Related entry: Amygdala.—Almond
Preparation.—"Oil of bitter almond, one cubic centimeter (1 Cc.) [16♏]; distilled water, nine hundred and ninety-nine cubic centimeters (999 Cc.) [33 fl℥, 374♏], to make one thousand cubic centimeters (1000 Cc.) [33 fl℥, 391♏]. Dissolve the oil in the distilled water by agitation, and filter through a well-wetted filter"—(U. S. P.).
This medicated water soon undergoes decomposition, on which account it should only be prepared as required, and never in large quantities. It is a sedative, of the character of hydrocyanic acid, and is preferable to the distilled water of bitter almonds; which is more dangerous in its effects upon the system, and which is sold under the same name; great care is required to distinguish between these two preparations in dispensing prescriptions.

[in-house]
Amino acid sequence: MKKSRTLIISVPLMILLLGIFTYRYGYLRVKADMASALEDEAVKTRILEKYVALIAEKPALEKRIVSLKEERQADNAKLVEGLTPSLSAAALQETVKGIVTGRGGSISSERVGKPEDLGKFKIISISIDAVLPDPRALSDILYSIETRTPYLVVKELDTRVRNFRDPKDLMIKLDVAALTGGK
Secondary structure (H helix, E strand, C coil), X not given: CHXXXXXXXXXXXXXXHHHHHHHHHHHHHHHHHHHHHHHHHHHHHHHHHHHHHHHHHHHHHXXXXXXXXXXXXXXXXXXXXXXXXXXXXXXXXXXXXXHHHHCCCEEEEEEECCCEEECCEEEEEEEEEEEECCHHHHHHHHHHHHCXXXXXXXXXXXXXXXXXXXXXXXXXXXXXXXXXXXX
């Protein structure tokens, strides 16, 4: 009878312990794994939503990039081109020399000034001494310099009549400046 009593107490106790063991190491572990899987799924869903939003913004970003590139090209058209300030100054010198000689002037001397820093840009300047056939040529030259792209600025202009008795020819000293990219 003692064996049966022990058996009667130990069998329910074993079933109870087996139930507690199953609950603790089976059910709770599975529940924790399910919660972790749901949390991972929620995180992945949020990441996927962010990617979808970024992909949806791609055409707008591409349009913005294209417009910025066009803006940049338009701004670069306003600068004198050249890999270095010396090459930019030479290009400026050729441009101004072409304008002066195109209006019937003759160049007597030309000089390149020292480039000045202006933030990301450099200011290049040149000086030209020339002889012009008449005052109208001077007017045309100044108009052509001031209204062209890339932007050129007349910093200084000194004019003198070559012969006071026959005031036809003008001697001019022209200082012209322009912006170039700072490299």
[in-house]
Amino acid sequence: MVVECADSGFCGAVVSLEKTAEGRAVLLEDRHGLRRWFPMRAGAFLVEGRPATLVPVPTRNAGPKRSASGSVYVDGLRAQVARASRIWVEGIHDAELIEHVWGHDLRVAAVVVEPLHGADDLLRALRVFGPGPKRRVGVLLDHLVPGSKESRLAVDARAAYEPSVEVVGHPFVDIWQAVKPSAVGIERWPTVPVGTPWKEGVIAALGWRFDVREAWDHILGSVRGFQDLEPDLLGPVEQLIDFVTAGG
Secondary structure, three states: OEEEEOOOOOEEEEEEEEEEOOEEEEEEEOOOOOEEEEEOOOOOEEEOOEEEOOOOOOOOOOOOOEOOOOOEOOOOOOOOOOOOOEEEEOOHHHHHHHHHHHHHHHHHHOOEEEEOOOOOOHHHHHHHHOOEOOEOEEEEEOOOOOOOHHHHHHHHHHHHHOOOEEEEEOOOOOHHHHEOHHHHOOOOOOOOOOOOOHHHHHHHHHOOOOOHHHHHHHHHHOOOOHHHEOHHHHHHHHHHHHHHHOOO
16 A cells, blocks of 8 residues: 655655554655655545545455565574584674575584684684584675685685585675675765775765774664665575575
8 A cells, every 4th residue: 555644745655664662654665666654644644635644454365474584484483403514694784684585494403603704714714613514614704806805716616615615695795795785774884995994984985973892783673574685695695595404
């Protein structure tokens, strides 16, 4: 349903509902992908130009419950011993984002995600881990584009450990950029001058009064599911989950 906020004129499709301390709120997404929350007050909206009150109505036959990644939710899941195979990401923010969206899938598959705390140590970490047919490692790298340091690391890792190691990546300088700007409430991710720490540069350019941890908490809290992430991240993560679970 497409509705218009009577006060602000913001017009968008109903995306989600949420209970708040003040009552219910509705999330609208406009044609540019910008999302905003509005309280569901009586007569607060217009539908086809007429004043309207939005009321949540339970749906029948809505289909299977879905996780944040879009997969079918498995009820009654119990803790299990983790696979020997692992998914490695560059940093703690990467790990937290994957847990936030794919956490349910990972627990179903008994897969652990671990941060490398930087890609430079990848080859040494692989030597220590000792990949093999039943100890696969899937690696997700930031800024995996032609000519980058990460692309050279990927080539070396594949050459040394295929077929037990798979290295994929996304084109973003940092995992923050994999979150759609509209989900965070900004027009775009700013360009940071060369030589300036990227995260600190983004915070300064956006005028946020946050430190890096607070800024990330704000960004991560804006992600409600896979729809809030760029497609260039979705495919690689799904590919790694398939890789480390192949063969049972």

Action, Medical Uses, and Dosage.—Bitter almond water may be used in all cases where hydrocyanic acid or its sedative compounds are useful, as in whooping-cough, pulmonary affections, etc. It is more commonly used as an addition to other medicines to impart its peculiar flavor to them. The dose of bitter almond water, when freshly made, is from 1 to 2 fluid drachms, which may be repeated 2 or 3 times daily. Care should be had not to confound this preparation with some of the European preparations which are much stronger. Even this is uncertain in strength, and not very safe as a remedy.
King's American Dispensatory, 1898, was written by Harvey Wickes Felter, M.D., and John Uri Lloyd, Phr. M., Ph. D.